Effects of stress, social support, and self-esteem on depression in children with limb deficiencies. Academic Article uri icon

abstract

  • Limb deficiencies in children are the result of trauma, disease, or congenital causes. The potentially negative impact on psychologic adjustment from the chronic strain of living with limb deficiencies appears to be mediated by perceived social support (interpersonal protective factor), microstressors and daily hassles (socioenvironmental risk factor), and self-esteem (intrapersonal protective factor). These risk and protective factors were simultaneously investigated as potential predictors of depressive symptomatology in 54 children with congenital or acquired limb deficiencies. Hierarchical multiple regression analyses were used to test the main effects and the interaction effects of the predictor variables on depressive symptomatology. None of the interaction terms were statistically significant. An overall simultaneous multiple regression analysis of the main effects model predicted 72% of the variance in depressive symptomatology, with perceived classmate social support emerging as the strongest predictor variable. The findings are discussed in terms of the risk and protective effects of mediating factors on the psychologic and social adaptation of chronically ill and handicapped children.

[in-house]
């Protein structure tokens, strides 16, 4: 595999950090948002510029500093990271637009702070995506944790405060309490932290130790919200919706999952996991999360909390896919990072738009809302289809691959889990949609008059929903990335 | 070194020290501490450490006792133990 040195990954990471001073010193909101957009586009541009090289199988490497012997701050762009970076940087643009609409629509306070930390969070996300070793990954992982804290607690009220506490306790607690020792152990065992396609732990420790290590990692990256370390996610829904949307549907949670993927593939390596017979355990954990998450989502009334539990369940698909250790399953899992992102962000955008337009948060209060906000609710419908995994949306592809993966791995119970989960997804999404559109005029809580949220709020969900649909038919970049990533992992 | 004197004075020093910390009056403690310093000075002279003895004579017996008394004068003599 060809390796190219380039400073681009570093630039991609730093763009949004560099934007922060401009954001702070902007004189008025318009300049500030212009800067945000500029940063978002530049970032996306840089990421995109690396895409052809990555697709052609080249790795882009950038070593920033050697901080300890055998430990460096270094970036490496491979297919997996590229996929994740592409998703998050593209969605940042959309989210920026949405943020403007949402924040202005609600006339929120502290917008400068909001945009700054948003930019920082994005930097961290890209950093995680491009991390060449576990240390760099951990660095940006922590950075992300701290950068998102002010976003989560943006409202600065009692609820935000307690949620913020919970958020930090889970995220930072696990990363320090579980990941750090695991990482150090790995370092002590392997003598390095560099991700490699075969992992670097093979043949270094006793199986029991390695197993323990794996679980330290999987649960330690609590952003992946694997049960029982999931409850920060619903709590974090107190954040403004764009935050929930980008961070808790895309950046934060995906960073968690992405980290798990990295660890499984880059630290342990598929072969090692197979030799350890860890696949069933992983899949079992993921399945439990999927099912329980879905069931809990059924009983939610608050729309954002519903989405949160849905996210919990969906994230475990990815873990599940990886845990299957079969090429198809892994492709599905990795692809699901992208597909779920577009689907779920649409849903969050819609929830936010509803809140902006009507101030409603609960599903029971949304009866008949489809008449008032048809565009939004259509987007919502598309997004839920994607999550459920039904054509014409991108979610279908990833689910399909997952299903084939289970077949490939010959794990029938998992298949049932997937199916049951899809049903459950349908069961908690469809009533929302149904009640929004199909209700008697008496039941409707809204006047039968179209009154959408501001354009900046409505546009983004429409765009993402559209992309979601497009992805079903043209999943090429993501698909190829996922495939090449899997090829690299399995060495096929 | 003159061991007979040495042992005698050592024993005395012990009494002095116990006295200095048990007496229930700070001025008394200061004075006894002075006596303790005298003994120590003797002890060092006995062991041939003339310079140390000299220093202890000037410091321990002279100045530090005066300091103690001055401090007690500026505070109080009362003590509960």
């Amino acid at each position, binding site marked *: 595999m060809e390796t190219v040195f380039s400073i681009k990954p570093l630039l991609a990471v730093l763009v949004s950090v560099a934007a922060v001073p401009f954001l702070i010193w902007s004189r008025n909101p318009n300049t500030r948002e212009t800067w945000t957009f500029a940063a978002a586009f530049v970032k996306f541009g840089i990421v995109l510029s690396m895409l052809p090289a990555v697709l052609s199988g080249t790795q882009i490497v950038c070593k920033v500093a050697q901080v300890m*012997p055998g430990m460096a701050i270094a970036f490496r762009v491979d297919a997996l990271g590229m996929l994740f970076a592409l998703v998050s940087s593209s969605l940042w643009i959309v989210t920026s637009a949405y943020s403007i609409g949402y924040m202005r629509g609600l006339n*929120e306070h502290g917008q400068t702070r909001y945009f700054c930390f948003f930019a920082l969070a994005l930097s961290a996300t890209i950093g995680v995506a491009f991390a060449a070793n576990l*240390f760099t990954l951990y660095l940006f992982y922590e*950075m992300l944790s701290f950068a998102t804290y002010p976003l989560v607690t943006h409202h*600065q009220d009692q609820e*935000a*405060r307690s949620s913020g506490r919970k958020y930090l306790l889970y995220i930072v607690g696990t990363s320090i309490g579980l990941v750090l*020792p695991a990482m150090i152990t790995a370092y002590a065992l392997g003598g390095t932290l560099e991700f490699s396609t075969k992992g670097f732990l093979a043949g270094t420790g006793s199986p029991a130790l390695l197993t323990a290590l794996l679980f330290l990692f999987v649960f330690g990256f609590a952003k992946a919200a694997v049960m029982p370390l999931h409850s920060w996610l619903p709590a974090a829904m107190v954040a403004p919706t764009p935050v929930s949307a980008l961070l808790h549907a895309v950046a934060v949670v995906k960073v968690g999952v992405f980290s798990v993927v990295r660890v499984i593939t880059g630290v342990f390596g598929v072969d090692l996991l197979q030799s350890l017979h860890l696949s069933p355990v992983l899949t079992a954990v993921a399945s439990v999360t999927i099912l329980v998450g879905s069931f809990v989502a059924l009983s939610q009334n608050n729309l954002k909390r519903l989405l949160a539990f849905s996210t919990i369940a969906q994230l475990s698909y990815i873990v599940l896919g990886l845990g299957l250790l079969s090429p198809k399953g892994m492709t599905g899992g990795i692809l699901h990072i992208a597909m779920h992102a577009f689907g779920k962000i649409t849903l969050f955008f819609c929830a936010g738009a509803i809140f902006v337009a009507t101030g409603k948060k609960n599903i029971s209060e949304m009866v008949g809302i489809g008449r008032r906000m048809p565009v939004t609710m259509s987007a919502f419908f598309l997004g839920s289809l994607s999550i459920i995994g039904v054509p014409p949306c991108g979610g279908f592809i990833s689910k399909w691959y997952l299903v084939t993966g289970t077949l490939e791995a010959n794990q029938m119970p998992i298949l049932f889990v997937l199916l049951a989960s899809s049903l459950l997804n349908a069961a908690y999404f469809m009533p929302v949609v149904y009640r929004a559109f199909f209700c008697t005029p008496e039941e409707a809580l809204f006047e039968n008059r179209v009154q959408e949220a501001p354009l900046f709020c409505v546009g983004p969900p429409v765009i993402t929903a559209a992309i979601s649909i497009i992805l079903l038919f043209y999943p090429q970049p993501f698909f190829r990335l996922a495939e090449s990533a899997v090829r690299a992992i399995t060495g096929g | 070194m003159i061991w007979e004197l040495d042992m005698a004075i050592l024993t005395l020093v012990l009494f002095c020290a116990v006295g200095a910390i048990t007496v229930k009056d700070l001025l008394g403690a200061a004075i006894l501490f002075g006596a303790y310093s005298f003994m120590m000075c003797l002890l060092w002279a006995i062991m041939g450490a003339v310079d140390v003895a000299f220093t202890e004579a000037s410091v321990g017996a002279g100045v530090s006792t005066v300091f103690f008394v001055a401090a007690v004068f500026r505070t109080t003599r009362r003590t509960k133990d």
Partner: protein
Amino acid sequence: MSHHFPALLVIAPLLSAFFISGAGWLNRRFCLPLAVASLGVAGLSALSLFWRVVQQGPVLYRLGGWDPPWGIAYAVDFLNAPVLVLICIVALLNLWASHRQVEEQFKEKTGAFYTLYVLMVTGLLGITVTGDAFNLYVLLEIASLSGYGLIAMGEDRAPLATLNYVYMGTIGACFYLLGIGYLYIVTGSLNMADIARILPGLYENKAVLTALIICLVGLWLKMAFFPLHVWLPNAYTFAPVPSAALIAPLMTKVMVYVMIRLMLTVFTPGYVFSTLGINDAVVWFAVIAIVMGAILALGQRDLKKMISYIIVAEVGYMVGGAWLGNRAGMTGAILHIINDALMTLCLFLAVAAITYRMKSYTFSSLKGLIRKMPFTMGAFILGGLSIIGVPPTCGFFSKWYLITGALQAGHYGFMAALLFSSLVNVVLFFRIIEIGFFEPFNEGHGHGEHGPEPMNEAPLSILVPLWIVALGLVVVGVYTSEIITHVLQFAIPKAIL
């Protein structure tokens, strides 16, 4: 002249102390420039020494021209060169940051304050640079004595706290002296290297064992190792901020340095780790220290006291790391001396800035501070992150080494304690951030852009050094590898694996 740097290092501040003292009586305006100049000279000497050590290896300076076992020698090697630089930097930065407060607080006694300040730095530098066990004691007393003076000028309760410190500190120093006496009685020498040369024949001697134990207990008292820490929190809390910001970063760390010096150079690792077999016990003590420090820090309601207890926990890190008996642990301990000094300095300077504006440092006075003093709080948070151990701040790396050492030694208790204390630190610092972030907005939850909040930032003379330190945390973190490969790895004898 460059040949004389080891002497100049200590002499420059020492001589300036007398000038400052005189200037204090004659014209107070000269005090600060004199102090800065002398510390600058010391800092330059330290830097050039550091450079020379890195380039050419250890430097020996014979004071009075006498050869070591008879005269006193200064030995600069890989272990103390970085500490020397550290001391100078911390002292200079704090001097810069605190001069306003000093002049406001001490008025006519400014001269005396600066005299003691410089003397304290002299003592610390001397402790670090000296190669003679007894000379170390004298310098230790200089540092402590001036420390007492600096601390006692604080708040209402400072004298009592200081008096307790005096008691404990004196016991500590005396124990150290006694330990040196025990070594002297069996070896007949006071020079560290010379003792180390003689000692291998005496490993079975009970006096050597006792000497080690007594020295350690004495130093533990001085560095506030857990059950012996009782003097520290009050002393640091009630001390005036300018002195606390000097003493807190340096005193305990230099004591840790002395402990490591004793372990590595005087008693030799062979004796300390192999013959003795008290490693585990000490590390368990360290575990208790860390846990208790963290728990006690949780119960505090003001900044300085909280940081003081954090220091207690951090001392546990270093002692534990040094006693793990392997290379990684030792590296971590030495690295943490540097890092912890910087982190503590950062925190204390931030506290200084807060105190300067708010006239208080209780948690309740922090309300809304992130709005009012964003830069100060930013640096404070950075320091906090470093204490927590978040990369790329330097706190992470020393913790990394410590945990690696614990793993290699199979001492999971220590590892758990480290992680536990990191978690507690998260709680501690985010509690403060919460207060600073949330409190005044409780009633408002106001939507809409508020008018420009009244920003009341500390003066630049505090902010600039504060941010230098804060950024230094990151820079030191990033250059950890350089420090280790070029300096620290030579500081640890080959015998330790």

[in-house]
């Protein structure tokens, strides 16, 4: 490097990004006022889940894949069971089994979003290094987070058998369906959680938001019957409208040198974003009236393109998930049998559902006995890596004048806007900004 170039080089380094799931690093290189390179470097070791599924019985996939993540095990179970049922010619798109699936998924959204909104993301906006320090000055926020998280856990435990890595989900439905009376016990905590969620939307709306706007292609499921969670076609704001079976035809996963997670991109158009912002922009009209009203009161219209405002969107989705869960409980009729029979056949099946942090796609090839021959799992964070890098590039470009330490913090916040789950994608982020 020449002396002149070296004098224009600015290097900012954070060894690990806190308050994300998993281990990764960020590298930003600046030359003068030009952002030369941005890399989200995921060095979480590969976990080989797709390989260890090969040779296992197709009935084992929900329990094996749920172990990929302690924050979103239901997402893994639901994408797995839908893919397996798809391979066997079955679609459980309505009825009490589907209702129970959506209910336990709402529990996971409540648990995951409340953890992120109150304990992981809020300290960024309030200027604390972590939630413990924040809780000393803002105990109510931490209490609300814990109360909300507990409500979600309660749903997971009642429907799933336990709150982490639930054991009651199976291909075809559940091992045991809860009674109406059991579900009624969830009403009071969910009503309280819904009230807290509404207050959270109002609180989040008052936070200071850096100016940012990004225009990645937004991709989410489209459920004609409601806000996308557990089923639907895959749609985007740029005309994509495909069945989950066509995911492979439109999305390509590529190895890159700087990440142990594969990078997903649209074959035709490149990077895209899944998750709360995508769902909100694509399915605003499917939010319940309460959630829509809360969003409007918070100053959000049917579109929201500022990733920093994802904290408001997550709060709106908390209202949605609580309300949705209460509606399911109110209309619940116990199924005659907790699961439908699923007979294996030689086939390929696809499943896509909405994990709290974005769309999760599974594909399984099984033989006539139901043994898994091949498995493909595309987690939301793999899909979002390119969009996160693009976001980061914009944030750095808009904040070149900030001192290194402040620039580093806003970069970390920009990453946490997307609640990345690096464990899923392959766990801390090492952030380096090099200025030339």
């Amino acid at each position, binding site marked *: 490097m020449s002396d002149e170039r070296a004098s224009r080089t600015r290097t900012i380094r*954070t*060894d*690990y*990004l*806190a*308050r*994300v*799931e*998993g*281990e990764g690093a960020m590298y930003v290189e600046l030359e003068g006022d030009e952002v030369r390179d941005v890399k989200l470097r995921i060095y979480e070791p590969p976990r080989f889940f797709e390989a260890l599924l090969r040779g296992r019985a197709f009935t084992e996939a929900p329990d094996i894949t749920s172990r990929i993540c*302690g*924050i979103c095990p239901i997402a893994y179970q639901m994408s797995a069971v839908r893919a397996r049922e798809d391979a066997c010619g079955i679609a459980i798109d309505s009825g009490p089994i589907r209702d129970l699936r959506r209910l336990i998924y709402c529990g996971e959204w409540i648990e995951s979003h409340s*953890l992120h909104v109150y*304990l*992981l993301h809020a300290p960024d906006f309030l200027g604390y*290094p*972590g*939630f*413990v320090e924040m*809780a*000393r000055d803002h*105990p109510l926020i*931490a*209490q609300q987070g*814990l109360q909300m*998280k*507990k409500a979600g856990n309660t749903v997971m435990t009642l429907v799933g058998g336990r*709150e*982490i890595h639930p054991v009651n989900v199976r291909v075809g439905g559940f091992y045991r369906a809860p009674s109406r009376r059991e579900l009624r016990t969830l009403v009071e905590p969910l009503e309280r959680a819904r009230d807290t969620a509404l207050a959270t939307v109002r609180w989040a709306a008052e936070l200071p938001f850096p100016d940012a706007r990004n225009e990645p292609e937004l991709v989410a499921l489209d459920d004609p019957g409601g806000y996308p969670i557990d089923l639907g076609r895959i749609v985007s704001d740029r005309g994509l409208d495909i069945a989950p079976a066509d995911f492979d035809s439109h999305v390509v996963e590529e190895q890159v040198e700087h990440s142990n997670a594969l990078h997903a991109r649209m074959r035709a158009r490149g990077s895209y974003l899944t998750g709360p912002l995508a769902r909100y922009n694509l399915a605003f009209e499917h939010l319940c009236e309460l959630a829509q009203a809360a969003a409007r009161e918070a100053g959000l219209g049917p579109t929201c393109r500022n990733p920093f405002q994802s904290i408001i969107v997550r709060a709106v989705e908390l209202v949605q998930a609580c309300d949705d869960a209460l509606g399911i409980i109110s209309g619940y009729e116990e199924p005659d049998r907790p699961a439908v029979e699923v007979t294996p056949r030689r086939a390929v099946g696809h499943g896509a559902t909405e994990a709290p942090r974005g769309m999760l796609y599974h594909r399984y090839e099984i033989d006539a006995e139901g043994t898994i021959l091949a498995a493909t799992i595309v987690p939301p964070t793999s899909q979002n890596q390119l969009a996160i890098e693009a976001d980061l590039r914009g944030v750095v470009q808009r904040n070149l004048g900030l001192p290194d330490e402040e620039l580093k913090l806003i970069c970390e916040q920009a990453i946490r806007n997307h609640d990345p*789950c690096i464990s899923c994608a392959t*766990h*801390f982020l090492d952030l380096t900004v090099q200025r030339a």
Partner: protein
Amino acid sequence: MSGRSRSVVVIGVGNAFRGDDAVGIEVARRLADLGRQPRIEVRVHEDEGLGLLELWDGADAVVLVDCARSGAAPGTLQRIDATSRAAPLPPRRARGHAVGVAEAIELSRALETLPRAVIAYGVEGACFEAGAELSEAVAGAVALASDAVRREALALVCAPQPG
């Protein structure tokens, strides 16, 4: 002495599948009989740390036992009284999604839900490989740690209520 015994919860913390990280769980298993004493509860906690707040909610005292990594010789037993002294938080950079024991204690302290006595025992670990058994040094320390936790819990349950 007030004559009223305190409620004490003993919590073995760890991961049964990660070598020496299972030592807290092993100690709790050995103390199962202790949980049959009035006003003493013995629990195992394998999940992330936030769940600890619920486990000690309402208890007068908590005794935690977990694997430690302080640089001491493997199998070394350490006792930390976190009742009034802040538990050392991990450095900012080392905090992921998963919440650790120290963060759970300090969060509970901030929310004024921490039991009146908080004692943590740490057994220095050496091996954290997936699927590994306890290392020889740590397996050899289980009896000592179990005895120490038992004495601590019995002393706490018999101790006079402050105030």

author list (cited authors)

  • Varni, J. W., Setoguchi, Y., Rappaport, L. R., & Talbot, D.

citation count

  • 43

complete list of authors

  • Varni, JW||Setoguchi, Y||Rappaport, LR||Talbot, D

publication date

  • December 1991